After dismal Q2, Goldman Sachs hopeful for rebound in merger activity

After dismal Q2, Goldman Sachs hopeful for rebound in merger activity

Goldman Sachs CEO David Solomon has come under scrutiny over a retreat from the bank's once-touted foray into consumer banking
Goldman Sachs CEO David Solomon has come under scrutiny over a retreat from the bank's once-touted foray into consumer banking. Photo: Patrick T. FALLON / AFP/File
Source: AFP

Goldman Sachs reported a dive in profits Wednesday on weak merger and acquisition activity, but shares rallied as executives said an improvement could be near.

While Chief Executive David Solomon described the second quarter as a "tough" period, he said on a conference call with analysts that "the environment feels better" in regards to market sentiment.

"If the environment feels better and the environment turns out to be better, you'll see better performance," Solomon said.

Profits came in at $1.1 billion, down 62 percent from the same period a year ago. Revenues fell eight percent to $10.9 billion.

The big investment bank, which has essentially abandoned a once-touted push to compete with retail banks for Main Street consumers, pointed to a "significant decline in industry-wide completed mergers and acquisitions transactions" as a drag on its global banking and markets division.

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Revenues also tumbled in trades connected to fixed income, commodities and currencies; revenues were flat in equities trading.

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Goldman also suffered a drop in its other main division, asset and wealth management, citing net losses on real estate loans and a pre-tax write-down of $677 million on Greensky, a fintech platform for home improvement loans that Goldman had acquired with fanfare in 2021 but is now looking to divest from.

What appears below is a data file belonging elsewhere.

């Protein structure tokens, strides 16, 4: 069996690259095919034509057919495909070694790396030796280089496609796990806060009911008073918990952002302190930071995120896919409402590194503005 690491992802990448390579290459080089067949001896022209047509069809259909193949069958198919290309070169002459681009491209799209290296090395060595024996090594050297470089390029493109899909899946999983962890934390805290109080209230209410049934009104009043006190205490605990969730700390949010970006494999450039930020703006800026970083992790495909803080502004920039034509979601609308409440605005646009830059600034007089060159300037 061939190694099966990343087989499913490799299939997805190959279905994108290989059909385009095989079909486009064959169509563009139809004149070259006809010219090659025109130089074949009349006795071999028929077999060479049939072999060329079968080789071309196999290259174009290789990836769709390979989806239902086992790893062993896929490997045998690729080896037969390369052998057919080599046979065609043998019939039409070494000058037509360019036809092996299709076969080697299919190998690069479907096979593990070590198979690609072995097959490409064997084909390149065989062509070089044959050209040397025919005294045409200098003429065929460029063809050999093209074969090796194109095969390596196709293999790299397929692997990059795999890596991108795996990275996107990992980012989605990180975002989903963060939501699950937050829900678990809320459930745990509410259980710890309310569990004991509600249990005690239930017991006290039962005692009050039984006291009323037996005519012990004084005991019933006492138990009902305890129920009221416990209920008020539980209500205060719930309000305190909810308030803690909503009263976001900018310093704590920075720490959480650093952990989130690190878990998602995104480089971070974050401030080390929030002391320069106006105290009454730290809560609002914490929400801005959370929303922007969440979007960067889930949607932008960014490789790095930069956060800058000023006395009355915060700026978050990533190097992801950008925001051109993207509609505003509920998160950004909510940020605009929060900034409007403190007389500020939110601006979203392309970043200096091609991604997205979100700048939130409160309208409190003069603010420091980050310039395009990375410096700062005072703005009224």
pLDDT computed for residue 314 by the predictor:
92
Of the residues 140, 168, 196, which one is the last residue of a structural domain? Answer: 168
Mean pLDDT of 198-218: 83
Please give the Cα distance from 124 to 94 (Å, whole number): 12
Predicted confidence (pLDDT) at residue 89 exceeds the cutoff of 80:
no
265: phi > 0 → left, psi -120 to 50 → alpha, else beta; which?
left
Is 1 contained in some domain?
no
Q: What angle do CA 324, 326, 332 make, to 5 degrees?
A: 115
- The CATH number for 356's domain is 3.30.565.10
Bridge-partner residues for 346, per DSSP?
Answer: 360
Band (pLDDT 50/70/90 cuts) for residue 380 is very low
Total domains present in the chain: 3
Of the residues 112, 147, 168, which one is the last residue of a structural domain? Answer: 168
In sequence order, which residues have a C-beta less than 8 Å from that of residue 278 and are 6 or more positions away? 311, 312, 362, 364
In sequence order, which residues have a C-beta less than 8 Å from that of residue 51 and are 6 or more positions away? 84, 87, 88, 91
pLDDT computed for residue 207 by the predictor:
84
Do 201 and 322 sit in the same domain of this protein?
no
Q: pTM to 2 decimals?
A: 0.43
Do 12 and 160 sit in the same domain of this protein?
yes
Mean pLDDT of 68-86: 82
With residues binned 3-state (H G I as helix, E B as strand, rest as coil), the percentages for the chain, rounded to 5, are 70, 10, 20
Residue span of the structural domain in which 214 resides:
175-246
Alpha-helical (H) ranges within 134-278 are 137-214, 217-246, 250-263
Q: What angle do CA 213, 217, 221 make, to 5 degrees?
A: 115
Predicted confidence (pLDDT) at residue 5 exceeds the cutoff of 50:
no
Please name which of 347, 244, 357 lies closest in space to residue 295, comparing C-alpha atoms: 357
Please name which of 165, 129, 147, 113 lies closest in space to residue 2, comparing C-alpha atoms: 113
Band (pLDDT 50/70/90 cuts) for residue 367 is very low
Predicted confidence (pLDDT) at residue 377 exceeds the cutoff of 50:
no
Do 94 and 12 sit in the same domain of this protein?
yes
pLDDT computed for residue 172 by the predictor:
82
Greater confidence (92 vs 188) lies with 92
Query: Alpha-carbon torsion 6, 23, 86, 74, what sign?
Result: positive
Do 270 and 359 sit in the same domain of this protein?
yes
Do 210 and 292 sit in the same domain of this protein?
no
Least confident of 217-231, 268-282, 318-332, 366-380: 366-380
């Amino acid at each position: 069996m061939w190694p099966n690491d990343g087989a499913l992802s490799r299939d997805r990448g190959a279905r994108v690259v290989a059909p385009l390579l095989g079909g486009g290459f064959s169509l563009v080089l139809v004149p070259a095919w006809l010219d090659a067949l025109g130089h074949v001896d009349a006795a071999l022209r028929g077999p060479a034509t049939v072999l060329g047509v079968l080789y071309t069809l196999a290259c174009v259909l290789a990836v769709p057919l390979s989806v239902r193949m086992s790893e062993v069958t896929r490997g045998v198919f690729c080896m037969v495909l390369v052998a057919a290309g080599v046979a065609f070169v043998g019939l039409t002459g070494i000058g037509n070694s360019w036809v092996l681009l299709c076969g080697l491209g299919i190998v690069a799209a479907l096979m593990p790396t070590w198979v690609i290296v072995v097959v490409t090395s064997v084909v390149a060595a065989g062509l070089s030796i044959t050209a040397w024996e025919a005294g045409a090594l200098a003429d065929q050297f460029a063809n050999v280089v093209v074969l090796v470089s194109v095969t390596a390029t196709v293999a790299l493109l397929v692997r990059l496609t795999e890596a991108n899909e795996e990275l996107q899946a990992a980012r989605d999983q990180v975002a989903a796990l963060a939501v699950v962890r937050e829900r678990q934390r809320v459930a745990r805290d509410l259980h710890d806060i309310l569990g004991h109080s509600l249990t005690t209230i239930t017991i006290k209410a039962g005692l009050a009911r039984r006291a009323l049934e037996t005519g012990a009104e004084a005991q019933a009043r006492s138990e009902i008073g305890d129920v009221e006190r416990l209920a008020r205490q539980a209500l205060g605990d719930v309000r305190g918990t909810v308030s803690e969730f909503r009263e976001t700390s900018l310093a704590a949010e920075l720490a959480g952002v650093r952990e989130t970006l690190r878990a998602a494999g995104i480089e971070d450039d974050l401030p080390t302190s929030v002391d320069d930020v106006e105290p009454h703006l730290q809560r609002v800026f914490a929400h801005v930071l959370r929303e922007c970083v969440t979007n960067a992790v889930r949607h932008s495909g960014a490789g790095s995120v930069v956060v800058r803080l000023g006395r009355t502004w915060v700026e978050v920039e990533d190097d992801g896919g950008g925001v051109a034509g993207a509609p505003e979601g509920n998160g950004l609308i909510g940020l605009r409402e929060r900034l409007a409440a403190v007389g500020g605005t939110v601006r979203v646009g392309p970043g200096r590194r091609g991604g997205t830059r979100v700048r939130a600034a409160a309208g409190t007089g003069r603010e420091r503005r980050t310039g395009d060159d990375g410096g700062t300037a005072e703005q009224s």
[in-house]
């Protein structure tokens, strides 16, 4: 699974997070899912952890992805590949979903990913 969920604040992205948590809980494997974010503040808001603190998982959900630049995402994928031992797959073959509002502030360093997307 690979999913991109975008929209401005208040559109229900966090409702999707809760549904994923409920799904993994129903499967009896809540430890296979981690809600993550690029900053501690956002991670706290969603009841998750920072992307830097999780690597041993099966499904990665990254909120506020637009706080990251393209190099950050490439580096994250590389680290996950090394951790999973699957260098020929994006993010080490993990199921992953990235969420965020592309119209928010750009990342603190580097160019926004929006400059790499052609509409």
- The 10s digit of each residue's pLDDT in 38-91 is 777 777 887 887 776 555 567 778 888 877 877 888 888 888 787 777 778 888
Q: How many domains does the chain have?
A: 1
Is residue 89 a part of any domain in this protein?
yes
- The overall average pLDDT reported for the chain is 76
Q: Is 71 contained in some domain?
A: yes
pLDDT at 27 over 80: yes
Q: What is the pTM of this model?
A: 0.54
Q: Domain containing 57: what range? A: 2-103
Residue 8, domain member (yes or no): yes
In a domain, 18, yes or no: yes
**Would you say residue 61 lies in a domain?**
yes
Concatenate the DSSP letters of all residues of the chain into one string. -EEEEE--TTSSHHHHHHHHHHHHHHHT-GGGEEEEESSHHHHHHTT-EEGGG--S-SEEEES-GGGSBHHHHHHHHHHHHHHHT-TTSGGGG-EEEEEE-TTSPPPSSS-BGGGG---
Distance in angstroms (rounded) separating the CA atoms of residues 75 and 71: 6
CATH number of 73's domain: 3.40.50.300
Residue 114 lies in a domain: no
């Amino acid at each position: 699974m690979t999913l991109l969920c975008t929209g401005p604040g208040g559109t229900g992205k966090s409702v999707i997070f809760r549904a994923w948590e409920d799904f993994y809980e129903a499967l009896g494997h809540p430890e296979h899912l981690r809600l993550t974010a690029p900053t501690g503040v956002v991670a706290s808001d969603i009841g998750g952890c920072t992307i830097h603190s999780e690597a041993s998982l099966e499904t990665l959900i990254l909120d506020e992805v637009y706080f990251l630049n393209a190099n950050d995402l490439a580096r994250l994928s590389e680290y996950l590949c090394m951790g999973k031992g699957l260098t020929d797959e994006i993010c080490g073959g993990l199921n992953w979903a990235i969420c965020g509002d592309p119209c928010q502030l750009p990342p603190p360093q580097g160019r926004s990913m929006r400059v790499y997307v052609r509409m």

During the call, executives said they were in the middle of the process of potentially selling Greensky, which Goldman originally bought for $1.7 billion.

Solomon described credit card partnerships with General Motors and Apple as "long-term partnerships," adding that Goldman was focused on improving their performance.

Solomon has come under scrutiny over his management of the bank's consumer banking business, which was begun by predecessor Lloyd Blankfein but aggressively expanded by Solomon.

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A recent Wall Street Journal expose described the bank as at "war with itself," highlighting widespread complaints from partners about Solomon that have included criticism of his unusual side habit of working as a disc jockey.

Solomon has been holding private meetings with Goldman partners to try to repair relations, the Journal reported.

On Wednesday, Goldman executives referenced the residual effects of the spring US banking crisis as a drag on market sentiment, further denting merger and acquisition activity in the second quarter.

But Solomon said investment banking operates in cycles, describing an upturn as inevitable.

"The services in advising, the need for mergers and consolidation... IPOs, equity financing, debt financing, that's a fundamental part of our economy," he said. "It's not going away. It's been depressed for the last four to six quarters."

Goldman shares, which were in negative territory in pre-market trading, rebounded as the call progressed. Near 1510 GMT, shares were at $341.99, up 1.4 percent.

Source: AFP

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